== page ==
"Von Trier has a long history of agitating Cannes crowds. His 2000 drama 'Dancer in the Dark' won the festival's top prize, the Palme d'Or, but the film sharply divided audiences, some loving it, some hating it. Two years ago, his marital saga "Antichrist" aggravated many Cannes viewers with its torture-porn images, though the film went on to win the festival's best-actress award for Gainsbourg.
Opening in U.S. theaters this fall, "Melancholia" casts Dunst as a woman in deep depression that turns her wedding day at the home of her sister (Gainsbourg) into a disaster. The story plays out against an end-of-the-world backdrop as a planet called Melancholia, which fittingly changes colors from blue to black, heads on a possible collision course with Earth.
The film also co-stars Kiefer Sutherland, Charlotte Rampling and Udo Kier."

What? No Antichrist 2? No reboot for a comic book based "franchise"? I'm not a huge fan of Von Trier, but I love the fact that he makes bold, risky films that aren't based on other films. Having Charlotte Rampling in them is another huge plus.

Tuesday, May 17, 2011

Goodfellas (1990)****
About as good as film gets. Exciting tale of one man's life as a gangster in the late 50's through the early 80's. Scorsese at full command of his abilities and imagination, a directorial tour de force. Highly influential film.
Bigger Than Life (1956)***
Beautifully shot examination of the effects of a "wonder drug" (cortisone) on the psyche of a mild-mannered school teacher. I suppose it could be seen as a fable of sorts about the consequences of unbridled male ego run amok, but director Nicholas Ray doesn't belabor the point. James Mason is quite good.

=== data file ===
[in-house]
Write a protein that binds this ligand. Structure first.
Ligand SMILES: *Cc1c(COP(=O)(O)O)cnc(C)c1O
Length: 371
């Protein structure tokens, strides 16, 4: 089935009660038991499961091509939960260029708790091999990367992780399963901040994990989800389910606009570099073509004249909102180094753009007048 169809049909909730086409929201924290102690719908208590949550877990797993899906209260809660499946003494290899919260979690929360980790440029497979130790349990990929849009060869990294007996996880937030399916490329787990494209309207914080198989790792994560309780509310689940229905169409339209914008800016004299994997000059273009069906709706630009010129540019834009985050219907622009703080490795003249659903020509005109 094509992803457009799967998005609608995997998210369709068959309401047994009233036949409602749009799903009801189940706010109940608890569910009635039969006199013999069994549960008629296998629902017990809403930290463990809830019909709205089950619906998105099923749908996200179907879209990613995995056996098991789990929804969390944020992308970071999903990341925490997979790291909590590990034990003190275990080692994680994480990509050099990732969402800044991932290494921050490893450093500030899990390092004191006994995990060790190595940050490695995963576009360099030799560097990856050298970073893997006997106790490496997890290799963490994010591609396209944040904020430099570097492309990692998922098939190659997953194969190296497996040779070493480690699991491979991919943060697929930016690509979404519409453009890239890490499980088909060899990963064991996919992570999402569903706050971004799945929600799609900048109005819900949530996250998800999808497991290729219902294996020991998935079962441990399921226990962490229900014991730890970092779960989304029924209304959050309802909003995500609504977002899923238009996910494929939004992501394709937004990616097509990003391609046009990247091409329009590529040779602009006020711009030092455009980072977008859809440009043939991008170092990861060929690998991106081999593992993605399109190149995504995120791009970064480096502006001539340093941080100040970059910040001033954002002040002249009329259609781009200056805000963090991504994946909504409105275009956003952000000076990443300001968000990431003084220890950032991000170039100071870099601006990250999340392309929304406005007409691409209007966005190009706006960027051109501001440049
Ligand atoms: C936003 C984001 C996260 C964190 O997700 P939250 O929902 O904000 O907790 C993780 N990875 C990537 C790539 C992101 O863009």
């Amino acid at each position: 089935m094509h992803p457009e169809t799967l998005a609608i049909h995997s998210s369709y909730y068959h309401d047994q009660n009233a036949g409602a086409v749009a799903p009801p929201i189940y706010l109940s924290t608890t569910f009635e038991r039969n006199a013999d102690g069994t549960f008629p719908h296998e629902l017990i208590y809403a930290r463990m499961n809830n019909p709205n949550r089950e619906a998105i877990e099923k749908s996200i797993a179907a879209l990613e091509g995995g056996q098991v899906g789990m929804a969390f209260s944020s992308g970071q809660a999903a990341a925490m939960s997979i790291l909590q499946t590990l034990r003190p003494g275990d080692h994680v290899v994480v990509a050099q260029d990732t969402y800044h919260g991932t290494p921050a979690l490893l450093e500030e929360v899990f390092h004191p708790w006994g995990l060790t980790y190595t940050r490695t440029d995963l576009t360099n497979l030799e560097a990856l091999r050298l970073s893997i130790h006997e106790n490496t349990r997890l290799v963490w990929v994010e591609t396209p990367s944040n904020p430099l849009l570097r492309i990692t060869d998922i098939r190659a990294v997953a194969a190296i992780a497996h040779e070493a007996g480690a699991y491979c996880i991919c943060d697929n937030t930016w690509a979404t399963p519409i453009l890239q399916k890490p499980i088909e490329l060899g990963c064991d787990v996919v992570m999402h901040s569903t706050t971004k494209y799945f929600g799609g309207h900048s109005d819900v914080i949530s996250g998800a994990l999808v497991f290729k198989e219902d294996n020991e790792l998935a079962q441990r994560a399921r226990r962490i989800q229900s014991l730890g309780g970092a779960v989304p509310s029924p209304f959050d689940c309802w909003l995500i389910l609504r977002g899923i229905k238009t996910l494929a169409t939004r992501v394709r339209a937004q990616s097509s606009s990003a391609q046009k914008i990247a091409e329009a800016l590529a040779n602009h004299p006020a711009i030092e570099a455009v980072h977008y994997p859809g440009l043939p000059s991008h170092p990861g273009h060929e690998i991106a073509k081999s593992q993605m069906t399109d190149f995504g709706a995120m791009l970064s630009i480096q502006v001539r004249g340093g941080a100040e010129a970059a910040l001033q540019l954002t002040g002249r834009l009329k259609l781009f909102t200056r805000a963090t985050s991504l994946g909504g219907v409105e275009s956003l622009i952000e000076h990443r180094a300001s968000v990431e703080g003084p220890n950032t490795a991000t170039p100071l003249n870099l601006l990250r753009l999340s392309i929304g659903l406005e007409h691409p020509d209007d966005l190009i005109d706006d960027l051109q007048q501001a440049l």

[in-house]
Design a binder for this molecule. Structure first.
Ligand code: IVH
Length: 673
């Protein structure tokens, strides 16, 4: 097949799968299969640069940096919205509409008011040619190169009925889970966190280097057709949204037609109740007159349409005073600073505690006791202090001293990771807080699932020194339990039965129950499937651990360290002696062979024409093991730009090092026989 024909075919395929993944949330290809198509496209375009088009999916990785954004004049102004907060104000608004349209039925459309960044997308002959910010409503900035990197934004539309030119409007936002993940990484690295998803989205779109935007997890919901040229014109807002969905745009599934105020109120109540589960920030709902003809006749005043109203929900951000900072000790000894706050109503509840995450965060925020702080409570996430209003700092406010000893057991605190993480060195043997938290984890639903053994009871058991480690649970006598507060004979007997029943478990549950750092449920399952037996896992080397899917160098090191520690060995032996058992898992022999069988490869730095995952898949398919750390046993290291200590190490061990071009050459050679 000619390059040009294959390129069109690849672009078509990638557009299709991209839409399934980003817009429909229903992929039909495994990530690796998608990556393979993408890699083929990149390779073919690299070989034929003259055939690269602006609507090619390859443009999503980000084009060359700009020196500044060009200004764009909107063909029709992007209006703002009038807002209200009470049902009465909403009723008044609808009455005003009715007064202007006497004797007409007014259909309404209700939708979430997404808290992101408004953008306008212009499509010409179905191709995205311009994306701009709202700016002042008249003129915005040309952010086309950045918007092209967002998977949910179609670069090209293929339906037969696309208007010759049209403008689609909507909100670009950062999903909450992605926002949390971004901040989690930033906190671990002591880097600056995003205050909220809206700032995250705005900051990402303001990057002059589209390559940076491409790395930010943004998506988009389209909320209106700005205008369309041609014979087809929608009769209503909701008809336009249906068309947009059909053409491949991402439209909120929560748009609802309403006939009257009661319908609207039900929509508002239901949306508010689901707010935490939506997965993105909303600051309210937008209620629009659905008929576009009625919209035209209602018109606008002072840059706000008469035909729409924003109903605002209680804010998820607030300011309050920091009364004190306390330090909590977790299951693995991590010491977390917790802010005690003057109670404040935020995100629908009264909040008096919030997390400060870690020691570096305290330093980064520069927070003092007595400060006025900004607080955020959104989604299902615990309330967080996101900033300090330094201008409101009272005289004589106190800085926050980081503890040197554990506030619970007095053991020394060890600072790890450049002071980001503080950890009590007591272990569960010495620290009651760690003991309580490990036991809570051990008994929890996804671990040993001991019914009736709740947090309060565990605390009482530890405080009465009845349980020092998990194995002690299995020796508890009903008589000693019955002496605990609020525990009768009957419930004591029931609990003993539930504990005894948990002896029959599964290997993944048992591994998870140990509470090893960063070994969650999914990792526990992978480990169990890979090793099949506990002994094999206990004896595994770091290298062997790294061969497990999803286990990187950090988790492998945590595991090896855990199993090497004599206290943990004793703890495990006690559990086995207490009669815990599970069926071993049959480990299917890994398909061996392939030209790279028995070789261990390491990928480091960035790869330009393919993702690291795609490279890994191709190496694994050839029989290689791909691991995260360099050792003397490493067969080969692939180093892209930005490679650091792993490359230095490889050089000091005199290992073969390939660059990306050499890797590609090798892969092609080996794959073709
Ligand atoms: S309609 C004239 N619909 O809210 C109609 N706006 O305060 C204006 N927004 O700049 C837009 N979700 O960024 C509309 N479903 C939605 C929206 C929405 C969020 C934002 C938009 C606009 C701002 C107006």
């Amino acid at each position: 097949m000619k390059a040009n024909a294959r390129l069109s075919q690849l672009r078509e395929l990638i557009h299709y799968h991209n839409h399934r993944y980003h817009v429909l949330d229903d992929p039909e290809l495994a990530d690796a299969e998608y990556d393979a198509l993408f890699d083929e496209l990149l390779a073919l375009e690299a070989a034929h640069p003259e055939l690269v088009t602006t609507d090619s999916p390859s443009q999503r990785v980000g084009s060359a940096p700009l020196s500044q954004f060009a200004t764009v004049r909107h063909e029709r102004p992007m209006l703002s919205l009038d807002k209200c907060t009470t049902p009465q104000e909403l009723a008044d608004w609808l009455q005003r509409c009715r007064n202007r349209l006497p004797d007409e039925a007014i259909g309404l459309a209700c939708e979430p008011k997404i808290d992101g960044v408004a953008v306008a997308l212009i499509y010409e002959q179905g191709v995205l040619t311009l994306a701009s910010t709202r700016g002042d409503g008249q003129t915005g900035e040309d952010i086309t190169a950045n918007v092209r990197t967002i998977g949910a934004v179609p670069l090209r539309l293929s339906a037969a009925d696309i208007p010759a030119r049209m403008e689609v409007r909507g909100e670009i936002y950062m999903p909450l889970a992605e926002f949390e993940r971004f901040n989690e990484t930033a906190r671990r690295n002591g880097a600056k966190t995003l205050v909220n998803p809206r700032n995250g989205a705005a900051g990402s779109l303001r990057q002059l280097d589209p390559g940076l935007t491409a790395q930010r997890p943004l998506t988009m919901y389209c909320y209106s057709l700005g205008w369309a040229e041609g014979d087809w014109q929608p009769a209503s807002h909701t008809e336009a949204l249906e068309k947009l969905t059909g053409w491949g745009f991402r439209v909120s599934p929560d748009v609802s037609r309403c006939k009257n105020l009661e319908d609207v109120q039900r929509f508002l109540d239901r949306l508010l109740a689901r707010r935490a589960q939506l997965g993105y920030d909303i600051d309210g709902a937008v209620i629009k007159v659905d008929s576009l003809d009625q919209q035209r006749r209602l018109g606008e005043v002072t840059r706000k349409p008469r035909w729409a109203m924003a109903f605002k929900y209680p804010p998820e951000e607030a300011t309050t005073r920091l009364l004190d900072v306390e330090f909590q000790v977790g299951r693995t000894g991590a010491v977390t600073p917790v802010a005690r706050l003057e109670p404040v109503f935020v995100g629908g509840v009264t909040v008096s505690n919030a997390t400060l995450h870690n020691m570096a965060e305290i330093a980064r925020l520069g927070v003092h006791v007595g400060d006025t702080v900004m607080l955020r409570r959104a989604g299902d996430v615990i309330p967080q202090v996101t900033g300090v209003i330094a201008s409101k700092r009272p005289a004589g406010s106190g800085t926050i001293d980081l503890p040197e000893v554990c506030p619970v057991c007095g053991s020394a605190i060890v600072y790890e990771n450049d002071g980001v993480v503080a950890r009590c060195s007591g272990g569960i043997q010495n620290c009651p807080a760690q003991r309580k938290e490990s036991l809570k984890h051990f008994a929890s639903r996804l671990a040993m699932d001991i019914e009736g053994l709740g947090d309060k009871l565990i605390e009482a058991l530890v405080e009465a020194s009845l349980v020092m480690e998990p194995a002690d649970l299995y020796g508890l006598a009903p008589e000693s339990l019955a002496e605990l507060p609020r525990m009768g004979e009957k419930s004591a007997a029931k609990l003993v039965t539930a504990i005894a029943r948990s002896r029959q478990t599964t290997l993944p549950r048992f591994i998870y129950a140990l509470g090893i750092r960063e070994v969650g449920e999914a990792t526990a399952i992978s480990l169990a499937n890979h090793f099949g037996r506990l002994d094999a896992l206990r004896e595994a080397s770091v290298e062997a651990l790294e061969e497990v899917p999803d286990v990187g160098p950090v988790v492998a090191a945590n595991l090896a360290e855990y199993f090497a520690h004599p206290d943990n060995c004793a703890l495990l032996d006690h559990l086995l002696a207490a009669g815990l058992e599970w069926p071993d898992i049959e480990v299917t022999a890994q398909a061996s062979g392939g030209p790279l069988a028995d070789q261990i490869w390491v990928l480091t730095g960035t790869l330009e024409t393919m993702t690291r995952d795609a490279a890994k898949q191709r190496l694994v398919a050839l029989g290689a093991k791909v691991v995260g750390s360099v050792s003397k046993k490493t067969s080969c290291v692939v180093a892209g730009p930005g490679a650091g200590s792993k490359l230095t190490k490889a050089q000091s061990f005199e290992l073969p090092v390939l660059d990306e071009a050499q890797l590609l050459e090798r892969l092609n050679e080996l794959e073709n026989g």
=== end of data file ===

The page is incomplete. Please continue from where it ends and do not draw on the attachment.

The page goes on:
Sources: Raiders knew mission a one-shot deal - Navy News | News from Afghanistan & Iraq - Navy Times:
"U.S. officials believe Pakistani intelligence continues to support militants who attack U.S. troops in Afghanistan, and actively undermine U.S. intelligence operations to go after al-Qaida inside Pakistan. The level of distrust is such that keeping Pakistan in the dark was a major factor in planning the raid, and led to using the high-tech but sometimes unpredictable helicopter technology that nearly unhinged the mission.

Pakistan’s government has since condemned the action, and threatened to open fire if U.S. forces enter again."

Finally, a more coherent and plausible "official" story.

via Robot Wisdom

Monday, May 16, 2011

Parenting guru Bryan Caplan prescribes less fuss – and more fun | Life and style | The Observer:
"His book, which was published earlier this month, recommends that highly strung parents lighten up not only for their own and their offspring's good, but also for other would-be parents who may think that they cannot afford children. 'What do good sense and economics tell you to do when the prices turn out to be lower that you thought? Buy more. Stock up,' said Caplan. 'Quit fretting over how much TV your kids watch. Don't force them to do a million activities they hate. Accept that your children's lives are shaped mostly by their genes and their own choices, not by the sacrifices you make in hopes of turning them into successful adults.'"

Sunday, May 15, 2011

Dianne Feinstein sees Osama bin Laden kill photos:
"'I don't need to see those pictures, and no one needs to see them,' Sen. Dianne Feinstein said after viewing the kill photos of Osama bin Laden on Friday."

After all these years, the arrogance and hubris of these people still astounds me.

Monday, May 09, 2011

Osama Raid Video Doesn't Exist: CIA | 25 Minute Video Blackout: